At 7/22/2011 4:38 AM, Blogger Ron H. said...

Peak: "It seems appropriate, in America's new economic world, astronauts will need to rely on the Russians for space flights."

Why will astronauts need space flights? Where will they be going?

Is it just because that's what astronauts do? :)

At 7/22/2011 6:43 AM, Blogger geoih said...

When the Europeans began sailing around the world in the 15th century, they had a practical reason for it. Very little had changed in ship technology for hundreds of years. The Romans or the Han Chinese could just as easily sailed around the world as the 15th century Europeans.

I think the space program has been a wonderful example of what can be done through brute political force. The moon landings and the shuttle were all done before the great advances in computers and material science. There was no practical reason for us to go into space, but we did it for politics and through brute force.

I think the space program is also a good example of what happens when the state starts a program with purely political goals. It stagnates and decays. Who would think that rocket systems designed and built 30 years ago would still be viable today? What private high tech company doesn't have a dozen potential new products they're developing? What has NASA developed in 30 years? Nothing. They have nothing, not because there wasn't the ability to develop something new, but because there was no political reason for it.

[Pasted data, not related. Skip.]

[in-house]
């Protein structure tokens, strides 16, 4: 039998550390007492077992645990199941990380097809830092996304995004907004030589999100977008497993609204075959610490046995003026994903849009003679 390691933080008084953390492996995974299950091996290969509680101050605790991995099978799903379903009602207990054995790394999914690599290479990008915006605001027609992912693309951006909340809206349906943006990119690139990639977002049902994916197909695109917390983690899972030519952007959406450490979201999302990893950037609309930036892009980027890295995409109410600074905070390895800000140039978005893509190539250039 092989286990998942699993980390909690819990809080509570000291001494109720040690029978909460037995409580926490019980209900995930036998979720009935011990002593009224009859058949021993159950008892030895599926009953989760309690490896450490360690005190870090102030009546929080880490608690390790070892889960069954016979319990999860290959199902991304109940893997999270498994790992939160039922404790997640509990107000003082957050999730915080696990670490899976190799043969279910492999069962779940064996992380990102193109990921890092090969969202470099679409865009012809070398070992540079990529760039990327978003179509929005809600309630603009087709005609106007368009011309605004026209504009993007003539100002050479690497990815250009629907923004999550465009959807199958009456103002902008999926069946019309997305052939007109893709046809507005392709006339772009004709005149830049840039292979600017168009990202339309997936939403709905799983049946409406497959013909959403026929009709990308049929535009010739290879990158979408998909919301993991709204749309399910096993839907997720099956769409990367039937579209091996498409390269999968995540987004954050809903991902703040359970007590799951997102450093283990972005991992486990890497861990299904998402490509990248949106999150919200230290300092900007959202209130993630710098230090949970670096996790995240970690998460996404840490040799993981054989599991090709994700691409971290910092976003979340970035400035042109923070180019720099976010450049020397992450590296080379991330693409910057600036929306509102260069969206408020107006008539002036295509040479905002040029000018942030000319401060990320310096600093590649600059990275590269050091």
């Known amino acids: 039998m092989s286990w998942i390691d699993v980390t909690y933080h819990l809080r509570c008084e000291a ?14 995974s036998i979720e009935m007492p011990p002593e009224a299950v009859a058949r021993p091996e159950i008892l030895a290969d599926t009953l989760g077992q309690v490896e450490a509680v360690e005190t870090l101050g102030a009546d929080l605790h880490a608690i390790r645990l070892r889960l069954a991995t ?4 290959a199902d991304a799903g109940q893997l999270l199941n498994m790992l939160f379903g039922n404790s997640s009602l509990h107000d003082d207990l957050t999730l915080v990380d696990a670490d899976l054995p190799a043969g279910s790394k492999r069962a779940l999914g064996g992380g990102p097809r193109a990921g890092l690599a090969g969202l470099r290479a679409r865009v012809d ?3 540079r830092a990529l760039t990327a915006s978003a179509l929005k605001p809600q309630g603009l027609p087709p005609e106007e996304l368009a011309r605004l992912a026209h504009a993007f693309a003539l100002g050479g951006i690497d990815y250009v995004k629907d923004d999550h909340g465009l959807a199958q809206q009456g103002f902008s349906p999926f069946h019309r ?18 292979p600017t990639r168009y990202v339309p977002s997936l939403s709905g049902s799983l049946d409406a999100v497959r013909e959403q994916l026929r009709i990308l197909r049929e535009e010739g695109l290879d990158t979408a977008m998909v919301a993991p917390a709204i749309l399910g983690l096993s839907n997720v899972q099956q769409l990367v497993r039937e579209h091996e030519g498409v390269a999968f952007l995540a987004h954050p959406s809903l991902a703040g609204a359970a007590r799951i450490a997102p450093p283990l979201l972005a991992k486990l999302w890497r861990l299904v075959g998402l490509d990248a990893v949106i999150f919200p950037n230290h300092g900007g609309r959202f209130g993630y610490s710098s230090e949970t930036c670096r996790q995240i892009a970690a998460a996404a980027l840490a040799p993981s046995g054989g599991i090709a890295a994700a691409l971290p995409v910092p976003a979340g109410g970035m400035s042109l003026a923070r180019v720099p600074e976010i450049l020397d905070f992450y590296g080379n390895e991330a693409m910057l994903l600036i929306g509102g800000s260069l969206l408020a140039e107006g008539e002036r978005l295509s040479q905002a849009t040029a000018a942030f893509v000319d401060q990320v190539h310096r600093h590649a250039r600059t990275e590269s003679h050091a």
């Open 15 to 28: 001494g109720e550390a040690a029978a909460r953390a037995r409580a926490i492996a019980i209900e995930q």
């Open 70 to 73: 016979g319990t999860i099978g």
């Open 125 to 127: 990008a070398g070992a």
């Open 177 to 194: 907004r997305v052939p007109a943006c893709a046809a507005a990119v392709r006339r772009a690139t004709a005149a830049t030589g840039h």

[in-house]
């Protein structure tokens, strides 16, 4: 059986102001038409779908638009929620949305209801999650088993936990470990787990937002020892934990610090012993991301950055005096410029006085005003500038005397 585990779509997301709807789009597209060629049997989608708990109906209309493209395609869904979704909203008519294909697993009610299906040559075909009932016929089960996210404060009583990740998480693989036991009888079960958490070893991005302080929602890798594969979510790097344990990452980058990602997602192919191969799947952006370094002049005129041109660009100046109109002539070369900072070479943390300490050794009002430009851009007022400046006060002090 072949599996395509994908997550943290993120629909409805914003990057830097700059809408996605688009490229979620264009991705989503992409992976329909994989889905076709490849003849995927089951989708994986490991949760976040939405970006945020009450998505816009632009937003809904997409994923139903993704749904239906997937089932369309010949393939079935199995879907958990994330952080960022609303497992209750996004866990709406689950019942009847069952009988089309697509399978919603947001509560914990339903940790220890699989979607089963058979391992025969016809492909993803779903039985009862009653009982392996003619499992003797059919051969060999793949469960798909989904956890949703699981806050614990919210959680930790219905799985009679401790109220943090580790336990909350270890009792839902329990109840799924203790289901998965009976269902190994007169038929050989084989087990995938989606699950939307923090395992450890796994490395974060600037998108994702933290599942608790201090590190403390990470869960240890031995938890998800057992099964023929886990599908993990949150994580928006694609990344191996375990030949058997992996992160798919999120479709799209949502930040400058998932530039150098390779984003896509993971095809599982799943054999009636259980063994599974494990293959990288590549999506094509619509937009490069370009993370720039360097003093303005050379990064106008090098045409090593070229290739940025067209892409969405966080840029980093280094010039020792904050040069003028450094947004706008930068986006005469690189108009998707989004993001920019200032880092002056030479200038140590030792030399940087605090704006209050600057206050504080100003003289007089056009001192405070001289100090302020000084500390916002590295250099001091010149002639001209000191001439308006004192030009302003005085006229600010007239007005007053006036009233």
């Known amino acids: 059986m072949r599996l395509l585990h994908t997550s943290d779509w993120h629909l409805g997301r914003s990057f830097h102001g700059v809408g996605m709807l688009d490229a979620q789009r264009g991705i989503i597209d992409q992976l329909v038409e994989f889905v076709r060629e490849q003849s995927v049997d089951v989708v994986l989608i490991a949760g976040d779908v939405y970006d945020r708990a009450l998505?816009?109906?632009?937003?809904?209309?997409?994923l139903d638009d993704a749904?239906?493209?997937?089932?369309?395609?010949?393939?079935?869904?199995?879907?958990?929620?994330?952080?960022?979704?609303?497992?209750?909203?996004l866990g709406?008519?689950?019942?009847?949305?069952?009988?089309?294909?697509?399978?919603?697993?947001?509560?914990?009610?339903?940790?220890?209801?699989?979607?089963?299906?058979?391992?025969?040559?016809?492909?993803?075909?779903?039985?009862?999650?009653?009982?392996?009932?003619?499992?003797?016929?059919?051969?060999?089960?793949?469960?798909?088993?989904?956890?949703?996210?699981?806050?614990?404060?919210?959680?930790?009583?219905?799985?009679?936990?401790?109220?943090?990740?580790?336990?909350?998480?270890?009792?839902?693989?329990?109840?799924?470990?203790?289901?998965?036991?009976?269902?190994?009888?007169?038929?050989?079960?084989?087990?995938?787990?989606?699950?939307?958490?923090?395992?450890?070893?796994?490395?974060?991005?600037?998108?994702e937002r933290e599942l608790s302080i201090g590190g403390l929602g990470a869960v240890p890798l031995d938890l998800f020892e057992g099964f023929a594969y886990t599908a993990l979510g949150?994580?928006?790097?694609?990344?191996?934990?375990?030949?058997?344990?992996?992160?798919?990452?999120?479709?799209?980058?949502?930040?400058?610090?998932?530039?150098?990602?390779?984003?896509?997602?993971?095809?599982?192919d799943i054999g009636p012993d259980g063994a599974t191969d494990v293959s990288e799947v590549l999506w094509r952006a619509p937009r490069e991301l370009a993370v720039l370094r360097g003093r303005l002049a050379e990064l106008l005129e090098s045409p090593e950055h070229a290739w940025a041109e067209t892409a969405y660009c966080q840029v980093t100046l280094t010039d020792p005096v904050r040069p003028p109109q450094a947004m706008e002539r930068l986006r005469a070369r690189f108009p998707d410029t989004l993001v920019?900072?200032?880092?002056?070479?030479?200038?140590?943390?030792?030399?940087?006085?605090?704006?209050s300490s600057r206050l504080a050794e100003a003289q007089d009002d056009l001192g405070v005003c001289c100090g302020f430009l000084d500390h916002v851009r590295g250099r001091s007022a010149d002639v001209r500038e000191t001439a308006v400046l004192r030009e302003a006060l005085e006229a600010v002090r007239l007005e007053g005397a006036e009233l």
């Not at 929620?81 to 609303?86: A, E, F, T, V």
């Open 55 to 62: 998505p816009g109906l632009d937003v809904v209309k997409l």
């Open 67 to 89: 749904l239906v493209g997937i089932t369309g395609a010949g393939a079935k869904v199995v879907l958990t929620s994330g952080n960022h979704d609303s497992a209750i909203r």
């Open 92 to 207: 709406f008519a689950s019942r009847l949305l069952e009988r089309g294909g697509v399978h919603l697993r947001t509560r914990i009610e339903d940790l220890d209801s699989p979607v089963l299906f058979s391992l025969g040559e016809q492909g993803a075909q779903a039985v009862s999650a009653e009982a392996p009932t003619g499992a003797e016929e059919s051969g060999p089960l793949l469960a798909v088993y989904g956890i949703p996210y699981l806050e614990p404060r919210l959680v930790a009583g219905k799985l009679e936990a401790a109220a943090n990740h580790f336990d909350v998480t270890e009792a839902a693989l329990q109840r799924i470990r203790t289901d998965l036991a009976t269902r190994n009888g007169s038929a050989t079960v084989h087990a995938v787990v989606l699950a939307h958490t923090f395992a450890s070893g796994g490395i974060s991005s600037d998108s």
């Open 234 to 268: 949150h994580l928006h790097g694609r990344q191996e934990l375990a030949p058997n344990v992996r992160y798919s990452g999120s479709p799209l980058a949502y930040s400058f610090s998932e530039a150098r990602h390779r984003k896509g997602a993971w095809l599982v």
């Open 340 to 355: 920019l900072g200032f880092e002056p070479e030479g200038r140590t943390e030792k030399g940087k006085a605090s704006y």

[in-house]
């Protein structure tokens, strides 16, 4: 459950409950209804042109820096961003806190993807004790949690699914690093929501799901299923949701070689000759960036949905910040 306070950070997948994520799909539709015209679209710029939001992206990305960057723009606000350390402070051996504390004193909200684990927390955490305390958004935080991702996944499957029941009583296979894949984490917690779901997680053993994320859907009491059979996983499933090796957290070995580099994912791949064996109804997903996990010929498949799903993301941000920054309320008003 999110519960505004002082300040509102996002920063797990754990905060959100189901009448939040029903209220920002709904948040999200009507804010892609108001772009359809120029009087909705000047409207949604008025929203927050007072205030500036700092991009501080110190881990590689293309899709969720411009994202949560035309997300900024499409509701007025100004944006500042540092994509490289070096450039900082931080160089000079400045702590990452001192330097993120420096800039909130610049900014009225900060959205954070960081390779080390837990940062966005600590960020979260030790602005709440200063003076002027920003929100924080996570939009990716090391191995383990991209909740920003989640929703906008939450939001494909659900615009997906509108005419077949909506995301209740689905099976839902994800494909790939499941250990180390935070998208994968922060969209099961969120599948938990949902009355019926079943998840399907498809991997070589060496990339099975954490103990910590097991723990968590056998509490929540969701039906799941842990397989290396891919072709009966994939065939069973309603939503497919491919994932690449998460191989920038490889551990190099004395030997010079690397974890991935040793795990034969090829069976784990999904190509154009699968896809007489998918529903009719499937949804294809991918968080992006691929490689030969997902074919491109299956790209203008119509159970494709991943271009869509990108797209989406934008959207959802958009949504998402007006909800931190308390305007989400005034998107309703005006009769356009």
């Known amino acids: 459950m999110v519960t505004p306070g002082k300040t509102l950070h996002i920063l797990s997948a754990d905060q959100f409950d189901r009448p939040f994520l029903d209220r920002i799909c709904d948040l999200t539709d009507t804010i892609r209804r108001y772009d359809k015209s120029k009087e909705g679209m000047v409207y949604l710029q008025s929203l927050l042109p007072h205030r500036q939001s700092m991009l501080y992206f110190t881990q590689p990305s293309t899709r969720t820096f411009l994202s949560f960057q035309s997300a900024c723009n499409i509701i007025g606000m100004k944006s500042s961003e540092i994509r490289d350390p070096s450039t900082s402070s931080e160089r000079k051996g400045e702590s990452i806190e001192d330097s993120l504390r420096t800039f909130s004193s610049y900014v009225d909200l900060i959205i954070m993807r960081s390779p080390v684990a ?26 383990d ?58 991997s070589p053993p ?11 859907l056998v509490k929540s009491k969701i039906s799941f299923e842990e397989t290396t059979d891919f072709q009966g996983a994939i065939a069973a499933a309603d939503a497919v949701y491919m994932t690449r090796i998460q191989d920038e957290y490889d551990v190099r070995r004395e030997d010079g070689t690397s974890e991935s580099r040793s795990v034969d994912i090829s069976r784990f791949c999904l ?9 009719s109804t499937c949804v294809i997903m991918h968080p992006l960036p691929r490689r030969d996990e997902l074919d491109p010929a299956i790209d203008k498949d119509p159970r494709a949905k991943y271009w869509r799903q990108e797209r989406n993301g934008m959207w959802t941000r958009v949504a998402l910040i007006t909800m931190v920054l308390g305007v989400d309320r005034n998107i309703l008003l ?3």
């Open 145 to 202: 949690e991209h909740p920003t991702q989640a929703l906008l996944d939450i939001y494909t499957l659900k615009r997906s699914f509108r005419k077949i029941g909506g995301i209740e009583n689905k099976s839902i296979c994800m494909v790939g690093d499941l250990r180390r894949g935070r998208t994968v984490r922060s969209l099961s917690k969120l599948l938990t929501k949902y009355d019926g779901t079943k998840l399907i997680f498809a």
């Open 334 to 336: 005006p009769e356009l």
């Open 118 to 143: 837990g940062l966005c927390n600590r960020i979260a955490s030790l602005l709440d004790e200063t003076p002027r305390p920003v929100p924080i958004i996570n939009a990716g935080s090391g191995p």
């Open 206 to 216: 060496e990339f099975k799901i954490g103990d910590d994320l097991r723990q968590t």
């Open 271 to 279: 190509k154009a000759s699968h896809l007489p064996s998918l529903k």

At 7/22/2011 10:53 AM, Blogger Benjamin Cole said...

This comment has been removed by the author.

At 7/22/2011 10:53 AM, Blogger Benjamin Cole said...

It would be nice if the WSJ applied the same skepticism to the $1 trillion-a-year Department of Defense-Homeland Security-VA complex.

NASA? We want to cut NASA and not the DoD?

We are spending more now on defense than when the USSR had three million men in uniform, a blue-water navy, an air force with supersonic fighters and bombers, ICBMs, a KGB, and was producing thousands of new tanks, planes and warships every year.

Now, our "enemy" is a few dozen, possibly a few hundred punk terrorist.

No private sector company would respond to such a reduced need by spending radically more--only a federal agency could accomplish that.

And no, no GOP pol, and damn few Dem pols will say anything. The Department of Defense pours money into key districts, and into the pockets of campaign contributors.

DoD employs 3 million directly, and another 2 million in the private sector--5 million votes, not counting families, friends, retirees on VA benefits, etc.

DoD is a prime example of how dangerous socialism is--these employees, private contractors and their families are dependent on continued federal outlays.

So they vote to tax productive people, take their money, and give it to themselves.

But, hey. let's beat up on NASA.

At 7/22/2011 12:25 PM, Blogger Mike said...

I agree with you...drives me crazy. Of course, being here in Houston, I may be a bit biased.

I really believe the problem is our government not seeing around the next corner because it's further than the next election.